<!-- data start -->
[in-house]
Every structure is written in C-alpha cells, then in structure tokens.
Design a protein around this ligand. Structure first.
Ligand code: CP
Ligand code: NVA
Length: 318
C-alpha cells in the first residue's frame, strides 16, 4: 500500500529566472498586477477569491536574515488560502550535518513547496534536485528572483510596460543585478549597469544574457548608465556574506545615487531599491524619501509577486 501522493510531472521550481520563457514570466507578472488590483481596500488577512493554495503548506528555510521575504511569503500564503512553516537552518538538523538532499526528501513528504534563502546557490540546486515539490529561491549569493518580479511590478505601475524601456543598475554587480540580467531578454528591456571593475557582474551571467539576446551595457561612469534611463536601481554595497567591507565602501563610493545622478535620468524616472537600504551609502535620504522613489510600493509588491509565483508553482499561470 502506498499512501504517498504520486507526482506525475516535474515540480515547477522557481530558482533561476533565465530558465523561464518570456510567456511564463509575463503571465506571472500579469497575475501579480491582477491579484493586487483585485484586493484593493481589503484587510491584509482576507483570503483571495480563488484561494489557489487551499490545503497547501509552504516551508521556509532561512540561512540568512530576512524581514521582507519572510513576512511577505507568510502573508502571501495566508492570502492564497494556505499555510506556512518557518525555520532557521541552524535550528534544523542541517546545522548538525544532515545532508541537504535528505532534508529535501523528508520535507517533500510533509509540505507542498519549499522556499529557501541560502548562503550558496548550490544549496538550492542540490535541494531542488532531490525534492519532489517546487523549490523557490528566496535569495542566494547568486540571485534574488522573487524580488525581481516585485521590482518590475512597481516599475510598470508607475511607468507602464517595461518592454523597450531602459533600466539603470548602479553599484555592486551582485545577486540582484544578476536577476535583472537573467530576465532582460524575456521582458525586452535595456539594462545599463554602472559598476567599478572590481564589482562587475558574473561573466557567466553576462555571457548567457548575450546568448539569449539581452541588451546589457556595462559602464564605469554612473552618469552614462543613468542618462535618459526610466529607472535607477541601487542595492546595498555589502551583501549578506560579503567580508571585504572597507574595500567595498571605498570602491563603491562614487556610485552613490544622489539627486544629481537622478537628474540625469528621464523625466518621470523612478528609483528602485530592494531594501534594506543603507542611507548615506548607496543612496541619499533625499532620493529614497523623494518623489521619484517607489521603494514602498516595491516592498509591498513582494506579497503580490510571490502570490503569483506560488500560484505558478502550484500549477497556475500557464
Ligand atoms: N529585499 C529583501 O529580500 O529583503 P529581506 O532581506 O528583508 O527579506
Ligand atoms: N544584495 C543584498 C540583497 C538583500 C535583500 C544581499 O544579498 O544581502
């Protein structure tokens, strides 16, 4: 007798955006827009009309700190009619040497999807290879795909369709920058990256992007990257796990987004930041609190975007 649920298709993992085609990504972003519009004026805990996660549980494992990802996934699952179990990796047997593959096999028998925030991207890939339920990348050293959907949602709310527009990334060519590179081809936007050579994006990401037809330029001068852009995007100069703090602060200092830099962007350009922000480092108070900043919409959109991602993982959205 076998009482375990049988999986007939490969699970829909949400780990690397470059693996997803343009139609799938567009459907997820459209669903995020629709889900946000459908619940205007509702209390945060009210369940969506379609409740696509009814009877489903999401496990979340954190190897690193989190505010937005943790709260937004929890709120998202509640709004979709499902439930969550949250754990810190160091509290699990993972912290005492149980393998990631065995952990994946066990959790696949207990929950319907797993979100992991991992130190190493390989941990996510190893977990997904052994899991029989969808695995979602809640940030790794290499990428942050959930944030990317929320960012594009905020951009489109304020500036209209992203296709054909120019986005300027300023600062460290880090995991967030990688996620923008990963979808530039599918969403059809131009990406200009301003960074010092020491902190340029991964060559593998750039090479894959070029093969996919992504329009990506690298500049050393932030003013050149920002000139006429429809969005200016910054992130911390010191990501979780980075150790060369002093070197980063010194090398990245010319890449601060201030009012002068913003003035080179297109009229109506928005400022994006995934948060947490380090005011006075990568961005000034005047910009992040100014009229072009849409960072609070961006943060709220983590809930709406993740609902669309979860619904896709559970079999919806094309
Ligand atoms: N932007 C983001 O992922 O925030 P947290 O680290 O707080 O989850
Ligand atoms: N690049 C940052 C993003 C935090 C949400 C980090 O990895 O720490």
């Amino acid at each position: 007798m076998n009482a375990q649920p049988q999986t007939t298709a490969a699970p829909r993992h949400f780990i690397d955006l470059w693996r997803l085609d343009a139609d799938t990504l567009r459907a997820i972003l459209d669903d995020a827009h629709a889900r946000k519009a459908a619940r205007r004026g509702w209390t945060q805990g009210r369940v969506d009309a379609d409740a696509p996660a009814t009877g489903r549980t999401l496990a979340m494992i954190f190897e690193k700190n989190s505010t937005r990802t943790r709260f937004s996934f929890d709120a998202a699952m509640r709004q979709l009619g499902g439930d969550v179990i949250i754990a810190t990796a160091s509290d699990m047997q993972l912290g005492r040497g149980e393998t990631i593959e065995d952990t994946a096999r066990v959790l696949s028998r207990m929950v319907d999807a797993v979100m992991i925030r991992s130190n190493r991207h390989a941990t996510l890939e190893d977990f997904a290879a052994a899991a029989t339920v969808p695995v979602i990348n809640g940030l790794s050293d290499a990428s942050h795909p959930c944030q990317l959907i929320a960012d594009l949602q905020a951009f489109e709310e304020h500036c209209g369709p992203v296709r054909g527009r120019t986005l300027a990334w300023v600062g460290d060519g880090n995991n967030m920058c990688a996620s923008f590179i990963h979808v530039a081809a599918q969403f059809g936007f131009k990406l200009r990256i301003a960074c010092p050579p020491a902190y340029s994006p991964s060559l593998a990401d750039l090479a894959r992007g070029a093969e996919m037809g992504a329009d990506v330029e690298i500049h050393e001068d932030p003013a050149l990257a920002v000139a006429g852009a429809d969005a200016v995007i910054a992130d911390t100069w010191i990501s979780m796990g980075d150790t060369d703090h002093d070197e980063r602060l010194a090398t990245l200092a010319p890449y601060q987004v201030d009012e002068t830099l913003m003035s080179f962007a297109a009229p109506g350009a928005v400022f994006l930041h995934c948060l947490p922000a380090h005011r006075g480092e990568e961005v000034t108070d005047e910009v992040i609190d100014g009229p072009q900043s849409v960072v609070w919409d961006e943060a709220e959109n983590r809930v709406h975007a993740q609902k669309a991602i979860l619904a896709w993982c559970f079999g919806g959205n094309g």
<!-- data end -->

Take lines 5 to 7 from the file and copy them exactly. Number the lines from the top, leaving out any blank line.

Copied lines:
Ligand code: NVA
Length: 318
C-alpha cells in the first residue's frame, strides 16, 4: 500500500529566472498586477477569491536574515488560502550535518513547496534536485528572483510596460543585478549597469544574457548608465556574506545615487531599491524619501509577486 501522493510531472521550481520563457514570466507578472488590483481596500488577512493554495503548506528555510521575504511569503500564503512553516537552518538538523538532499526528501513528504534563502546557490540546486515539490529561491549569493518580479511590478505601475524601456543598475554587480540580467531578454528591456571593475557582474551571467539576446551595457561612469534611463536601481554595497567591507565602501563610493545622478535620468524616472537600504551609502535620504522613489510600493509588491509565483508553482499561470 502506498499512501504517498504520486507526482506525475516535474515540480515547477522557481530558482533561476533565465530558465523561464518570456510567456511564463509575463503571465506571472500579469497575475501579480491582477491579484493586487483585485484586493484593493481589503484587510491584509482576507483570503483571495480563488484561494489557489487551499490545503497547501509552504516551508521556509532561512540561512540568512530576512524581514521582507519572510513576512511577505507568510502573508502571501495566508492570502492564497494556505499555510506556512518557518525555520532557521541552524535550528534544523542541517546545522548538525544532515545532508541537504535528505532534508529535501523528508520535507517533500510533509509540505507542498519549499522556499529557501541560502548562503550558496548550490544549496538550492542540490535541494531542488532531490525534492519532489517546487523549490523557490528566496535569495542566494547568486540571485534574488522573487524580488525581481516585485521590482518590475512597481516599475510598470508607475511607468507602464517595461518592454523597450531602459533600466539603470548602479553599484555592486551582485545577486540582484544578476536577476535583472537573467530576465532582460524575456521582458525586452535595456539594462545599463554602472559598476567599478572590481564589482562587475558574473561573466557567466553576462555571457548567457548575450546568448539569449539581452541588451546589457556595462559602464564605469554612473552618469552614462543613468542618462535618459526610466529607472535607477541601487542595492546595498555589502551583501549578506560579503567580508571585504572597507574595500567595498571605498570602491563603491562614487556610485552613490544622489539627486544629481537622478537628474540625469528621464523625466518621470523612478528609483528602485530592494531594501534594506543603507542611507548615506548607496543612496541619499533625499532620493529614497523623494518623489521619484517607489521603494514602498516595491516592498509591498513582494506579497503580490510571490502570490503569483506560488500560484505558478502550484500549477497556475500557464